I think my views have changed. Microsoft may not have announced that they are in the contact centre, but there is no doubt about the thrust of OCS 14. Microsoft are a serious voice player and have arrived in the contact centre even if much of the rest of the industry hasn't realised it yet.

I think Avaya have to get full marks for managing to make a joke about entropy! It's not a natural subject for comedy, so not mean feat to get a decent laugh at the start of the presentation. The message I got from Avaya was that SIP was the source of profound & fundamental change in the nature of contact centre architecture. I'm inclined to agree and I believe that while SIP may not bring immediate change tomorrow, I think it's likely to fundamentally change how the technology works. Whether or not Avaya will ride this change or be crushed by it (much as Aspect has struggled with IP), I'm less sure. The Avaya Aura architecture looks very powerful, but it is as yet relatively unproven and the Avaya Session Manager is something I need to understand better to have a clearer view on. There's a lot of potential advantages to the Avaya approach and SIP helps explains how they think they can get synergies from their Nortel acquisition. The downside risks, though, should not be underestimated and I feel Avaya still have to negotiate some very tricky changes to achieve their transformation.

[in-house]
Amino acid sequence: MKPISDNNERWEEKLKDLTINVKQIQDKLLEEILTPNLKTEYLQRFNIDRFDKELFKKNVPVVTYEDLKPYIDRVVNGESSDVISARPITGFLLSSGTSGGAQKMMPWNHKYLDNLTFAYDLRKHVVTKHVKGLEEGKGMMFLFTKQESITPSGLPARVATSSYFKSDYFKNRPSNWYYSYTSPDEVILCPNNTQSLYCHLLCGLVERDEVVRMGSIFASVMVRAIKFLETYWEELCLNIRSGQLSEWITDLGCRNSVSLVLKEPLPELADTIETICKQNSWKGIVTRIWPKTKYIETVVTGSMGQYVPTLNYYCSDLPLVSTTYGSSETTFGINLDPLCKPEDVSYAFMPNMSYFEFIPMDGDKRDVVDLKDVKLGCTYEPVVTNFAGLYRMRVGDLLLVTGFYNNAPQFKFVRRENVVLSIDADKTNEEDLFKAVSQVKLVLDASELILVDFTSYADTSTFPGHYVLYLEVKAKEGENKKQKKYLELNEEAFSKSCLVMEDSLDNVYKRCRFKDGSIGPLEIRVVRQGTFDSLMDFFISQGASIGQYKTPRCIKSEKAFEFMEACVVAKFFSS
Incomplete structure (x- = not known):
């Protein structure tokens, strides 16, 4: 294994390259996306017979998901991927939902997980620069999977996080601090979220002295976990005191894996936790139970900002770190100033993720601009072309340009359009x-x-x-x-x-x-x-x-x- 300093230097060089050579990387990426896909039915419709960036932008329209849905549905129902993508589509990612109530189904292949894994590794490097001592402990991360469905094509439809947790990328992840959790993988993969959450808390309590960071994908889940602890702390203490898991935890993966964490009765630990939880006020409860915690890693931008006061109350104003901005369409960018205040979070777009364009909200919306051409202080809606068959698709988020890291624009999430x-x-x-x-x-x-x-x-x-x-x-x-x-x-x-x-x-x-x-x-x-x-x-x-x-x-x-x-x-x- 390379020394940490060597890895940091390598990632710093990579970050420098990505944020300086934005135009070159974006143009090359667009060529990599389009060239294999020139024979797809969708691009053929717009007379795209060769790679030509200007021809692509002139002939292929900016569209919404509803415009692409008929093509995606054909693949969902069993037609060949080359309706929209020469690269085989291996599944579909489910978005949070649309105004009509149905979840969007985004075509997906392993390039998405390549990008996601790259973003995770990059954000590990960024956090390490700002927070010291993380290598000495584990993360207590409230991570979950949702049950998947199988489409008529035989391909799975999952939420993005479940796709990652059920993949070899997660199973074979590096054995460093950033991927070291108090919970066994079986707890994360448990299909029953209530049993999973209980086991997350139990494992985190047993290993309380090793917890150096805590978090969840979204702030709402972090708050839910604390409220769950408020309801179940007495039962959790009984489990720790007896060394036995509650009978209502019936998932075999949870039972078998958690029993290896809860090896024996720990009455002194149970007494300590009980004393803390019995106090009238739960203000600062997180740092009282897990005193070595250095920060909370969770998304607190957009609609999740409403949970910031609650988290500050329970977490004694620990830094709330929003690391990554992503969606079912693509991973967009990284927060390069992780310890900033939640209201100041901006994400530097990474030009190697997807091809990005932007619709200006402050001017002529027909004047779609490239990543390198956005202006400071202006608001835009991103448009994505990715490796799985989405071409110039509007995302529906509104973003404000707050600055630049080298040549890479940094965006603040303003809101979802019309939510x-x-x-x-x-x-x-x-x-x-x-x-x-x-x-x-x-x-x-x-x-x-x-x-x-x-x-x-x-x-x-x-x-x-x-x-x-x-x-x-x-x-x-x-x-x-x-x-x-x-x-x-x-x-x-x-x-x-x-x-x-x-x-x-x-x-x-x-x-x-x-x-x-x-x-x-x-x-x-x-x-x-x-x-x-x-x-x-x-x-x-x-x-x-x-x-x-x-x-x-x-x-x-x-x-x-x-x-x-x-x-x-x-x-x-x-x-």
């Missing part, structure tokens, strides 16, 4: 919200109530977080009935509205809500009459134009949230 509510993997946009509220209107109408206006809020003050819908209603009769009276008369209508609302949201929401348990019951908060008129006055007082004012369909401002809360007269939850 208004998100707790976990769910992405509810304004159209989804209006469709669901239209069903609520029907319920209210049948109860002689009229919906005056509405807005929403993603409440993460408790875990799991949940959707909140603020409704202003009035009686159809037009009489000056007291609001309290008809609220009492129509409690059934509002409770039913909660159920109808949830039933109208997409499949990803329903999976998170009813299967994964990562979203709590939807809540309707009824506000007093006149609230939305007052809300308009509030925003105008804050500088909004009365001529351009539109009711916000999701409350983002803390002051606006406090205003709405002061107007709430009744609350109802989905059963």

The contact centre was only briefly covered in the Cisco pitch (from 14mins to 15:30mins in the key note address!) and was focused on the role of social media in contact centre. It was interesting and the role of Twitter, Facebook and so on in customer service is one that excites marketing departments greatly. This will be an area of future activity for contact centres, I have no doubt, but I'm not sure whether it will be a major one. Blog analysis (for instance) has been much hyped and can yield very interesting insights, but only about certain demographics and is still a niche part of analytics. Twitter is perhaps more widely used than blogs and so more revealing but I still think there is a debate to be had as to whether it is going to be a core part of customer service. My suspicion is that where industries are already using it (e.g. airlines) we will see it used by related industries (e.g. rail or toll roads) where customers are disconnected from the PC and reliant on mobile phones. Whether we will see it more widespread than that, I'm not sure.

In short VoiceCon revealed that there are some fundamental changes underway in the voice industry. The organisers have clearly recognised this with the decision to re-brand as 'Enterprise Connect' and I think they are right to. The future looks to me to be about software and communication, and anyone still pushing voice hardware will find it challenging.

Wednesday, April 07, 2010

Will Broadband make Cornwall a Contact Centre hotspot?

A very interesting article in The Times earlier this week looked at the prospects of high-speed broadband coming to Cornwall.